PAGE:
Legislation Needed to Help Sex Workers and Runaway Teens

Jan 11, 2018

Britt Nakamura traded sex for drugs in Chinatown but turned her life around 6 years ago.
Credit Wayne Yoshioka

January is National Slavery and Human Tracking Prevention Month. As HPR’s Wayne Yoshioka reports, the homeless in Hawai’i are especially vulnerable.  

“I started our working the Korean bars as a dancer.  And as my addiction got worse and worse, I couldn’t even handle dancing so I ended up turning to prostitution.”

Britt Nakamura lived on the streets in Chinatown for years, trading sex for drugs.  She says there are many people like her still there.  But, Reverend Pam Vessels, who worked as a social service outreach worker in Waikiki, says teen runaways are the most vulnerable.

“If you run away from home, it’s gonna be on an average of about two weeks before you either sold or traded your body for a place to stay or food to eat.”

Reverend Pam Vessels worked as an outreach worker in Waikiki for 10 years.
Credit Wayne Yoshioka

Vessels says the Hale Kipa and Waikiki Health Center operate the Youth Outreach Project to help homeless runaway youth.   U-H Manoa Women’s Studies Department Chair, Professor Meda Chesney Lind, says research by the University’s Center on the Family shows what runaway youth really need.“Only 15 percent of the youth surveyed reported that they had been engaged in survival sex or sex for money.  The reality is these kids will tell us we need a place to stay, we need to get help with our education, we have healthcare needs that aren’t met.  So those are the kinds of issues that we should be thinking about.”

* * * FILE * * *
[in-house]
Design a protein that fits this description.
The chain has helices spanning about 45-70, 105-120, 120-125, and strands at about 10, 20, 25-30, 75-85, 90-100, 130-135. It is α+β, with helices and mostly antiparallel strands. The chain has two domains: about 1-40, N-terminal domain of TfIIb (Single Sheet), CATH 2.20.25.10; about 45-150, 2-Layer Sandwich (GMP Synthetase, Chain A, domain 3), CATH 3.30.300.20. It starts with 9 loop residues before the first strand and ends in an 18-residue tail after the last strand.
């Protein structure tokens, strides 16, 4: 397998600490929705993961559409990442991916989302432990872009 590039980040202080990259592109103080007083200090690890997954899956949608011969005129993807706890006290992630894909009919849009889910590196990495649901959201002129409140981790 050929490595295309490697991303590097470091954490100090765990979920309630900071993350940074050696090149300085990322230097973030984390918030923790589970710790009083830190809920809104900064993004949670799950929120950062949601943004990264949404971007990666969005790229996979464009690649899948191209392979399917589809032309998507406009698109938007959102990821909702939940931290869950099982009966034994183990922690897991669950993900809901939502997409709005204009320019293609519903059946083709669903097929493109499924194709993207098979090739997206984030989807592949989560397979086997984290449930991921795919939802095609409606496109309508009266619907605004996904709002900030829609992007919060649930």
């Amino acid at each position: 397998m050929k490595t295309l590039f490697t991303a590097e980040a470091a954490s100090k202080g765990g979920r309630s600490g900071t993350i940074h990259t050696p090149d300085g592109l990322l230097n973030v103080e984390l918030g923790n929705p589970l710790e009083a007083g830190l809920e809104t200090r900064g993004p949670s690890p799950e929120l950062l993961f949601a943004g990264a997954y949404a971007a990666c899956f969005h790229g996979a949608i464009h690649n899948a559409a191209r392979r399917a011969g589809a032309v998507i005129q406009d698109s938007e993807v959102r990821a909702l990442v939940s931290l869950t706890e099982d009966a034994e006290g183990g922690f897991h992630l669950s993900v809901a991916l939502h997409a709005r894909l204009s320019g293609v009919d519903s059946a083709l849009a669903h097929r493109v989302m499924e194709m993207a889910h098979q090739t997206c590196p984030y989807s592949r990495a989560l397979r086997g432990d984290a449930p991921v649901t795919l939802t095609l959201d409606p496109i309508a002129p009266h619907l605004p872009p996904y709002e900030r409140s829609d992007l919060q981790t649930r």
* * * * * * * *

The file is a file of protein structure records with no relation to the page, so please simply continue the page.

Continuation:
Harm Reduction Hawai’i executive director, Tracy Ryan, has hosted conferences on sex work and sex trafficking every two years since 2009.  She says legislation is needed for peer-based intervention programs.

Harm Reduction Hawai'i executive director, Tracy Ryan.
Credit Wayne Yoshioka

“For minors we need a really good social service network and ideally, one that’s peer-led which would come from allowing adult sex workers to be legal and to organize.  You know, peer-based intervention to help our kids.”

Meanwhile, Nakamura says she turned her life around six years ago and is studying to become a social worker.

“Addiction is the great leveler.  It has no respect for social station, economic status, class, none of that.  You get addicted, everybody ends up in the gutter sooner or later.”

For HPR News, I’m Wayne Yoshioka.